God is New, always New

January 18, 2021 – Monday of the Second Week in Ordinary Time

Click here for the readings (https://bible.usccb.org/bible/readings/011821.cfm)

There seems to be a constant friction between what is new and what is old. An old tradition may feel threatened by new developments in the culture. We also find old people and those who live in the old comparing the glory of the past from the present. To compare what was better in the past with what is in the present is surely not bad. This, in fact, it is a challenge and an opportunity to become a better version in the present.

These are abstract ideas that may be difficult to understand. Yet, there is something important here that we are invited to listen and to grow in our faith. There is a danger as one grows old. This danger lies in the attitude of a heart that has grown old and has become rigid, uncompromising and rejecting towards what is new and fresh.

We may find this in ourselves when we settle to what is only familiar to us, to what is only routine and to what is only comfortable. This attitude also makes us exclusive, close-minded and cold. Like for instance, having a group of friends is good, yet, to limit ourselves in that kind of relationship and become exclusive may lead us to become rejecting towards others who do not belong to our circle. When we settle to our own comforts and familiarity, we may tend to become selfish and not consider others but only ourselves.

This is the reason also why we fall into bad habits and even addictions. These are repeated actions, meaning, they become part of a cycle in us. Because of the seemingly comfort that they bring in us, we fall on them again and again. Moreover, when our heart also becomes too absorbed of ourselves, then, we become reactive and even hostile towards others who may challenge to change us or to make us adapt something new.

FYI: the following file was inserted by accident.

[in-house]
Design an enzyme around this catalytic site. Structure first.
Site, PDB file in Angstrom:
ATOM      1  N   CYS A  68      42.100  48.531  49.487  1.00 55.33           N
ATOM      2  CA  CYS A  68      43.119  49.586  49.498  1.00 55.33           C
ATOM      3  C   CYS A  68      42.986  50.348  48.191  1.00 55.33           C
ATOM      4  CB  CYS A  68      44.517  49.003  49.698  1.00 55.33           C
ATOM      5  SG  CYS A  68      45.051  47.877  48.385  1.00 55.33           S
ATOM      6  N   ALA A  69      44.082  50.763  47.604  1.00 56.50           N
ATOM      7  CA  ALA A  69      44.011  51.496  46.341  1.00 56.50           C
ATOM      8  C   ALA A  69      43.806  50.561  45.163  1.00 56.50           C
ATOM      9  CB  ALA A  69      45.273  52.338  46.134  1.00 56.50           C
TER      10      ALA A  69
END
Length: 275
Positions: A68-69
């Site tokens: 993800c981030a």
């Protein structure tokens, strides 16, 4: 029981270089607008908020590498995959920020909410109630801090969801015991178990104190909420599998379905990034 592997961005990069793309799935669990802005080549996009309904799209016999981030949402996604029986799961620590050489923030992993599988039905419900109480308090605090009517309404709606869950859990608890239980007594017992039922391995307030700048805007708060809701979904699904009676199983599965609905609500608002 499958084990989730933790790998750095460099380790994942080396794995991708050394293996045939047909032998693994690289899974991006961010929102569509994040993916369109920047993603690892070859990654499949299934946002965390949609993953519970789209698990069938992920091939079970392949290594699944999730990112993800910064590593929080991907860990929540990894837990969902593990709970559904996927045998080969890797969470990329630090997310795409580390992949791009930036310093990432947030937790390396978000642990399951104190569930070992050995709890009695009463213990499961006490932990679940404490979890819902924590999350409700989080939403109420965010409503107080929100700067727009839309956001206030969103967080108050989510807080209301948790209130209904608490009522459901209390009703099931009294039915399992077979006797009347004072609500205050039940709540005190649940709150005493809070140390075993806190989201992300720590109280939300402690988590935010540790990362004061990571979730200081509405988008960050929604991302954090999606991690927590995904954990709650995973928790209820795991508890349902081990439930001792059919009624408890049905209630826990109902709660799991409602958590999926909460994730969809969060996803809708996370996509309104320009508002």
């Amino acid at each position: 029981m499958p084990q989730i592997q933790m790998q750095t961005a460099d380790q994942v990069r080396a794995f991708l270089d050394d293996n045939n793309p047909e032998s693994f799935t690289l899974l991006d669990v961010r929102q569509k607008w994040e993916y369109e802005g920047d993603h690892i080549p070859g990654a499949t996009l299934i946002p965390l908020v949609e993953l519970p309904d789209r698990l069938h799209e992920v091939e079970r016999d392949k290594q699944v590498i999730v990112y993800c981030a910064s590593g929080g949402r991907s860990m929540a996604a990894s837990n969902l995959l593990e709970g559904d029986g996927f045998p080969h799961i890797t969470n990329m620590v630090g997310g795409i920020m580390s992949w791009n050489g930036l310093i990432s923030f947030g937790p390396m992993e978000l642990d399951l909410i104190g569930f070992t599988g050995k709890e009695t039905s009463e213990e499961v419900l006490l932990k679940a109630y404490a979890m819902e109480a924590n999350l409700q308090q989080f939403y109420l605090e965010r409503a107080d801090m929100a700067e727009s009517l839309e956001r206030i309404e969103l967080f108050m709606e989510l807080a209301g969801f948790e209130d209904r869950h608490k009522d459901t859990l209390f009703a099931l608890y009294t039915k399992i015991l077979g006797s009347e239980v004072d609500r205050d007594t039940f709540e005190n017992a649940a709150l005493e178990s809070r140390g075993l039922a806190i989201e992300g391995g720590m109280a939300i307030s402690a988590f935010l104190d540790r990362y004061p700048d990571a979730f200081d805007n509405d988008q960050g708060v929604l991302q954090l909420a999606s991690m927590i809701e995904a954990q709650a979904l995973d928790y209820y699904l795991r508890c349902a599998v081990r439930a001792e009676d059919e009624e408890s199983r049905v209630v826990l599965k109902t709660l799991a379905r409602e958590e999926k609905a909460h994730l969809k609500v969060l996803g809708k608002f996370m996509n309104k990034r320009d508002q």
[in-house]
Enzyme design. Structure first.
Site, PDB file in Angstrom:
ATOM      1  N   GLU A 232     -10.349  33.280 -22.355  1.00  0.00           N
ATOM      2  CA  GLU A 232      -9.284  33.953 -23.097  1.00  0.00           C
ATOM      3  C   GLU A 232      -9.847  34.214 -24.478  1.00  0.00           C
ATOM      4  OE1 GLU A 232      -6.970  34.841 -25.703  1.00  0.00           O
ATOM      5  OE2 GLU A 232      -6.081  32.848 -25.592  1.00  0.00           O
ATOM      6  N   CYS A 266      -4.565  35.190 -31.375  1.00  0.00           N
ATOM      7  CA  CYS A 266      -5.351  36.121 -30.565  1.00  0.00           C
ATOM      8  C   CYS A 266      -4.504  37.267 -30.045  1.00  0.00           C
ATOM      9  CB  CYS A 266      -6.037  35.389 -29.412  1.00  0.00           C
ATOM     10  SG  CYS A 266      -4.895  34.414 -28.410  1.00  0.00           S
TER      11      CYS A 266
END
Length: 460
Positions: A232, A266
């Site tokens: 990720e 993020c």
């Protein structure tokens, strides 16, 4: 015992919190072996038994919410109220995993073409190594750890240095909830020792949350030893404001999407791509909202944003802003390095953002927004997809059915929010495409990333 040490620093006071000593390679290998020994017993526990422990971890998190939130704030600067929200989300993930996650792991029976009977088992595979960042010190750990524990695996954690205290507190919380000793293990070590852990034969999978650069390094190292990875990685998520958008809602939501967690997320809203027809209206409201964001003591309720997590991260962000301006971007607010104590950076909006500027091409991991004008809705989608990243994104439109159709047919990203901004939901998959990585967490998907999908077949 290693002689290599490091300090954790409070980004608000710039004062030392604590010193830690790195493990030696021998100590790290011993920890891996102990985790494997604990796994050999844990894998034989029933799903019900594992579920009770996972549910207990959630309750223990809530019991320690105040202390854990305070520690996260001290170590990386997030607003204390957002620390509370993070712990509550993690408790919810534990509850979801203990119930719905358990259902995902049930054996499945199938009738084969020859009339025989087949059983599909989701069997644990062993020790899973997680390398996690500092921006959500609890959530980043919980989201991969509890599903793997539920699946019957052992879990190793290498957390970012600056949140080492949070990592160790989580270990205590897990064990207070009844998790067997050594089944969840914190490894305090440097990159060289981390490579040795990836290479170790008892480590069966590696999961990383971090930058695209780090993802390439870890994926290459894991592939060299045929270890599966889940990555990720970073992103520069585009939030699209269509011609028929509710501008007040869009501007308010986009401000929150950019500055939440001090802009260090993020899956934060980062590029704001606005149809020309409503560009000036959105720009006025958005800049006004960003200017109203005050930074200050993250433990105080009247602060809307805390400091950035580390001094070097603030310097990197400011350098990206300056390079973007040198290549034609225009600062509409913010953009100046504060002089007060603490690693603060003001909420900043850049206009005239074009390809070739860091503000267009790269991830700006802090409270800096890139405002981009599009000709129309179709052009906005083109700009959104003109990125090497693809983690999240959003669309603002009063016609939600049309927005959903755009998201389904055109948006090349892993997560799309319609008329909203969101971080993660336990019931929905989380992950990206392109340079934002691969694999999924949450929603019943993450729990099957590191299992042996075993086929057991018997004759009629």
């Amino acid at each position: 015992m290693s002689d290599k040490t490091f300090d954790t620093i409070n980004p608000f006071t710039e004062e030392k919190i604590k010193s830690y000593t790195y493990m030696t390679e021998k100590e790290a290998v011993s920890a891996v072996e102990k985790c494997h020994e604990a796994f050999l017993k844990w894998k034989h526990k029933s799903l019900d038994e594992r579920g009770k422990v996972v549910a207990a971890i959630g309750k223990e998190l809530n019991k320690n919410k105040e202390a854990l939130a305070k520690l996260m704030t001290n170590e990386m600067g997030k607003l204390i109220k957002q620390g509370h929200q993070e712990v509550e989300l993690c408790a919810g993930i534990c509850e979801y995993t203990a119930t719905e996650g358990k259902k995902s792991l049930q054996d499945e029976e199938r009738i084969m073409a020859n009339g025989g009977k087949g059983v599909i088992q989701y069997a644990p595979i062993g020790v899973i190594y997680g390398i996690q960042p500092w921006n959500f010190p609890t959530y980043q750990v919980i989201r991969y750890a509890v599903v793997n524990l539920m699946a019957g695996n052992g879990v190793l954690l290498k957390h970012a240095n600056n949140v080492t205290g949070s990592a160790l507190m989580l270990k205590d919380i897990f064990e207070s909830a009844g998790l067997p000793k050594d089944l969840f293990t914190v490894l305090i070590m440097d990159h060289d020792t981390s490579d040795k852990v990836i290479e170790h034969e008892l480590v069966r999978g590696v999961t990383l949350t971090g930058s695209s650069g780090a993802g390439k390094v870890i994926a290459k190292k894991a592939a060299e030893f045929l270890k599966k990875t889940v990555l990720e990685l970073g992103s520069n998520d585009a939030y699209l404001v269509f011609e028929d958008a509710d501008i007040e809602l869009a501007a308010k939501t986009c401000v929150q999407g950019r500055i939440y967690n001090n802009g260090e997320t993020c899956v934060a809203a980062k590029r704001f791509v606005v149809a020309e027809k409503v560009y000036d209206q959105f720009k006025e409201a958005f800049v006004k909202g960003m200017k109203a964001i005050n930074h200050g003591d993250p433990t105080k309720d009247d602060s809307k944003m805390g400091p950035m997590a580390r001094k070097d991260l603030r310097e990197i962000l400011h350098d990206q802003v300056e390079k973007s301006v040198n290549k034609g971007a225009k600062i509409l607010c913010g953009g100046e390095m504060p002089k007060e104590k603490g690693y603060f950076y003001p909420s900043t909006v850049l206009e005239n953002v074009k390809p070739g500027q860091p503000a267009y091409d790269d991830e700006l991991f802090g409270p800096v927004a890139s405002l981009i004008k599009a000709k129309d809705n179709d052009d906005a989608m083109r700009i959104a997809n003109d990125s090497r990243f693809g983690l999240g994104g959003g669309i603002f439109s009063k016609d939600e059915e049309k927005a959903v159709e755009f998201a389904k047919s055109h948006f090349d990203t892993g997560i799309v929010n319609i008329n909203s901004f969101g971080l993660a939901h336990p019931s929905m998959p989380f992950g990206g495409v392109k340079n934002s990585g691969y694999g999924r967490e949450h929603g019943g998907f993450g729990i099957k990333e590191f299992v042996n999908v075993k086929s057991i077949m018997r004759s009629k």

This is the message that Jesus was saying to those who objected regarding the actions of his disciples. It was not that Jesus disrespected the old tradition of fasting or has trampled that revered custom. No! Jesus said,

“No one sews a piece of unshrunken cloth on an old cloak.
If he does, its fullness pulls away,
the new from the old, and the tear gets worse.
Likewise, no one pours new wine into old wineskins.
Otherwise, the wine will burst the skins,
and both the wine and the skins are ruined.
Rather, new wine is poured into fresh wineskins.”

The very presence of Jesus is the new cloth and the new wine. His person and his friendship was what was being offered. Yet, the limited awareness of the people of Jesus’ divine presence prevented them to embrace and accept Jesus. What they only saw was the threat that they felt from Jesus against their old tradition.

Indeed, the presence of the Lord and his invitations may become threats to us when we also become reactive and when we tend to value more the rubrics, the physical appearances and the familiarity of things to us rather than the very source of all things, God. This is not just about tradition and practices, but also our sins and even beliefs and prejudices that have made our heart to become rigid and apathetic.

What Jesus calls us today is to be always attentive to his presence and to enjoy the freshness and the newness that he brings in us. Jesus also brings surprises in life that will surely bring changes and renewal in the way we live our life, relate with others and look at things. Indeed, God is new, and always new.

Jesus asks us today to make our heart open and welcoming of his presence revealed even in our daily affairs. Be more conscious of his presence today and enjoy his presence to bring new perspectives, to create challenges and to inspire movements in us. May we always discover the joy and the peace of being renewed each day. Hinaut pa.

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